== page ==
Even though I enjoyed my time at the party, I am still critical about the setup and logistics of the party. I learned that the event was fully funded by the Trinity University Student Government Association (SGA), which is in charge of allocating funds from the Student Activity Fee (SAF). From my knowledge and experience with the Student Government Association, full or substantial funding for club activities is very hard to acquire. I think funding this event should have been primarily through donations and reaching out to the community in San Antonio. The event must have cost a significant amount of money, considering there was bus service and admission tickets for everyone to attend.  

Overall, I enjoyed my time at this party.  I think the Black Student Union should definitely host this event again next year. However, funding should be primarily from the San Antonio or Trinity community through donations instead of from the SAF. I think these are the best ways because it would raise community awareness and support for the Black Student Union and Black History Month as a whole.

*Editor’s Note: Emma McMahan is an officer of YCT at Trinity. The Tower is not affiliated with YCT at Trinity.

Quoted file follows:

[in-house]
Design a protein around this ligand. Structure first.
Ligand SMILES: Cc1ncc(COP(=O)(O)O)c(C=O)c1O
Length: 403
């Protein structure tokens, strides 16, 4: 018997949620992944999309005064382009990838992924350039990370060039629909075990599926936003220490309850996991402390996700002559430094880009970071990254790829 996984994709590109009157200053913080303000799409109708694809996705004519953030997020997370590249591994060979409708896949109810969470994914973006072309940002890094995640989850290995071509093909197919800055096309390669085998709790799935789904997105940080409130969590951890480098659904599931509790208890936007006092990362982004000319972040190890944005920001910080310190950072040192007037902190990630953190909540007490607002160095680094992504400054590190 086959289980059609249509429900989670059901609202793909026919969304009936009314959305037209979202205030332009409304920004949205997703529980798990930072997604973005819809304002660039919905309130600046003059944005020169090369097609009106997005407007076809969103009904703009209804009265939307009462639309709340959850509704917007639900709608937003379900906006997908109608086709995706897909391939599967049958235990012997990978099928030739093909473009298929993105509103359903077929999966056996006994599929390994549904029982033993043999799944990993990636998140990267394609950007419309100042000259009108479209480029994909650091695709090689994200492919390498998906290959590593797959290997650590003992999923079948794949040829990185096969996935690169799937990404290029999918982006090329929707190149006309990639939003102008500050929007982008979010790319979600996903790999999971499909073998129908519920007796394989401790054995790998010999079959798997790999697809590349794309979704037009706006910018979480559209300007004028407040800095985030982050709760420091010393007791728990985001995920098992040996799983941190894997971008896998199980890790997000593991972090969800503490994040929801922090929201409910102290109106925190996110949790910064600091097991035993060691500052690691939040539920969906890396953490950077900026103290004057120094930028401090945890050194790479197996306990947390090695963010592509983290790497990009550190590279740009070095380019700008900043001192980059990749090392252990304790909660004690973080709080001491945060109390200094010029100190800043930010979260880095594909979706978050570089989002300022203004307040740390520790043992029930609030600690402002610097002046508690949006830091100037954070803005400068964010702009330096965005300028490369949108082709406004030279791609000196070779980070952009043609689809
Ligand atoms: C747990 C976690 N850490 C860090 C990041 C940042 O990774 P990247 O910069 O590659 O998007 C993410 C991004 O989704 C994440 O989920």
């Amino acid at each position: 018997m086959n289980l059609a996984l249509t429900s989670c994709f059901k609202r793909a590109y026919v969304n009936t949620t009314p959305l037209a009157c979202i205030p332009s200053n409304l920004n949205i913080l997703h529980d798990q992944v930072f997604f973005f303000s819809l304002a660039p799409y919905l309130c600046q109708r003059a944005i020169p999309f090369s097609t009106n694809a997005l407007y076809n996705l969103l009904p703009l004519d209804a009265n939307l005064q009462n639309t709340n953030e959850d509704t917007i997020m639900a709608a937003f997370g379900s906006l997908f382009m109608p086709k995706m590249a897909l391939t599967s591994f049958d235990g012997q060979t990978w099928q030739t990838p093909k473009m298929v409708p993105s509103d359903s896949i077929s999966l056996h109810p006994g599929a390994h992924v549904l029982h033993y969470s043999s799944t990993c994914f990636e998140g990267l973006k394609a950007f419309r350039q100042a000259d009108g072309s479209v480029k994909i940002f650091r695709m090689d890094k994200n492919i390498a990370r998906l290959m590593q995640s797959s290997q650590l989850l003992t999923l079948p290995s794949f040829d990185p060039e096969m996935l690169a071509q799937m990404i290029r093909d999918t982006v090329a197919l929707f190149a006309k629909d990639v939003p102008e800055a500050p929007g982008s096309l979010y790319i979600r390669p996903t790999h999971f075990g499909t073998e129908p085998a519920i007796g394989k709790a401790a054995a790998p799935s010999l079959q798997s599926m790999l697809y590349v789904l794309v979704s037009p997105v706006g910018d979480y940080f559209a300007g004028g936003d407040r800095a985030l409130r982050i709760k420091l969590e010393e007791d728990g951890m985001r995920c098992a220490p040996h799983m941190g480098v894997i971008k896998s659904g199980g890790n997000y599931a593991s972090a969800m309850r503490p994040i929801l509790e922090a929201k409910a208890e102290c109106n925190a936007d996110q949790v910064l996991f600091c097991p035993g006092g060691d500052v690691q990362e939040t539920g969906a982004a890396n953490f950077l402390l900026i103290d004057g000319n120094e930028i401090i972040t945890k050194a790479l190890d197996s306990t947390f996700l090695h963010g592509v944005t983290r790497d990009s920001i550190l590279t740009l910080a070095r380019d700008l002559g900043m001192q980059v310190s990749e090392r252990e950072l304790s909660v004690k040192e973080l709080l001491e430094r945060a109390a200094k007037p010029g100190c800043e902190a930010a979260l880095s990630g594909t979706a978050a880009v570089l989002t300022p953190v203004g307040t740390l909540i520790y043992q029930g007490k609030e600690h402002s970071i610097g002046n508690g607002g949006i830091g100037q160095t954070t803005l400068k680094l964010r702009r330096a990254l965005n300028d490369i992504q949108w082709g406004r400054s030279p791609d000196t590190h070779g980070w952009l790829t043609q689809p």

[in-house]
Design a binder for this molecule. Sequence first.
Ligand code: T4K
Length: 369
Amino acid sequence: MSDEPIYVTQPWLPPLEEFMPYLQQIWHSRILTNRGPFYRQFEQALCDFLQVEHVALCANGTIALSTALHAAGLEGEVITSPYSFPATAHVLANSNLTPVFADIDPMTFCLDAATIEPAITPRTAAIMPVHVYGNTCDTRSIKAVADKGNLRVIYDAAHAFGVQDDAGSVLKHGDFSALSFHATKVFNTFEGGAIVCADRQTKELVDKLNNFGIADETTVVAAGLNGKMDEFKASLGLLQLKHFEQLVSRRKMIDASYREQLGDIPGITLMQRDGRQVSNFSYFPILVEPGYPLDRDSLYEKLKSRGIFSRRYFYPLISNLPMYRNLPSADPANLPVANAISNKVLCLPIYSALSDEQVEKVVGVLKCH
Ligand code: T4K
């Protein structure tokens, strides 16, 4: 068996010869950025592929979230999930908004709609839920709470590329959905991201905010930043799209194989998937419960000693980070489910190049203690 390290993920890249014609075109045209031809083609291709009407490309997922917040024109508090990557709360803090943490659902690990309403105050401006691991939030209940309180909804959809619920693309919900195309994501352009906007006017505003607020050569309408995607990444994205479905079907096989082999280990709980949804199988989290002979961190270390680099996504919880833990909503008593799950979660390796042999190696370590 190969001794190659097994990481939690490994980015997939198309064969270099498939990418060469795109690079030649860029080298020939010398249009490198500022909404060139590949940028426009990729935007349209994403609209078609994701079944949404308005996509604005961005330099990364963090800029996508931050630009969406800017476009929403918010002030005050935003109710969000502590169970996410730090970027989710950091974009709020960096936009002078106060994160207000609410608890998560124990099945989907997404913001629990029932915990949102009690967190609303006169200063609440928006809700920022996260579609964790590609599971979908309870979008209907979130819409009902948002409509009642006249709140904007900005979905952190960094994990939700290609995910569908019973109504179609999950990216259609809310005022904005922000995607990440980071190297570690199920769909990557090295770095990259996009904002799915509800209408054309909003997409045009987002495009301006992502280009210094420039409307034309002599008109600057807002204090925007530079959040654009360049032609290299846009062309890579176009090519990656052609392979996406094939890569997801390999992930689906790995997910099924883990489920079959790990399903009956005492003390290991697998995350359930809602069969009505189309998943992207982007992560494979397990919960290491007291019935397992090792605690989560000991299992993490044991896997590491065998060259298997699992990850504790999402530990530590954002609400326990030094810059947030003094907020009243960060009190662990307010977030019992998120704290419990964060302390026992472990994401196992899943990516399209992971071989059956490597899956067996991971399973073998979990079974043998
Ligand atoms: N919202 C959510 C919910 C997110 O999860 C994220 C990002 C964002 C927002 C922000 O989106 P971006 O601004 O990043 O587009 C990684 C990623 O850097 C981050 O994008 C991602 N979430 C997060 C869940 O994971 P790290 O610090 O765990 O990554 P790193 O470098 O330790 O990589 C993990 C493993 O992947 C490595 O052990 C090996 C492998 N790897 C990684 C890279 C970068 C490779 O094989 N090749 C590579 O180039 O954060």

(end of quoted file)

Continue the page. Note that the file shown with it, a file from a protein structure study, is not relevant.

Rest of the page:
Racial Discussions Between YCT and BSU

The Young Conservatives of Texas (YCT) at Trinity University held an event on Jan. 29 that facilitated an open discussion about color blindness versus color awareness. YCT presented questions such as “is calling yourself color blind racist or offensive?”, “how should conservatives think about race?” and “what are we to make of social justice responses to racial issues in the United States?” to stimulate discussion. The meeting had the largest non-YCT member attendance of the school year. This was due to overwhelming attendance from the Trinity Diversity Connection (TDC) and the Black Student Union (BSU). The discussion did not take the course that is typical for YCT meetings. The questions were all answered, but only by one side of the argument, with some representatives from TDC and BSU dominating the discussion. This left many people with unsaid comments and more questions than they came in with.

Regardless of how the meeting went, there was a much more productive discussion that went on after the meeting. Members from each club were able to ask each other questions and understand how the other side perceived the initial questions intended to lead the discussion. The discussion even got to the point where the members found a middle ground and introduced solutions. This just goes to show that the type of discussion and the demeanor of the participants can really affect the outcome and views of everyone involved. This may just be anecdotal, but it definitely rang true in this instance.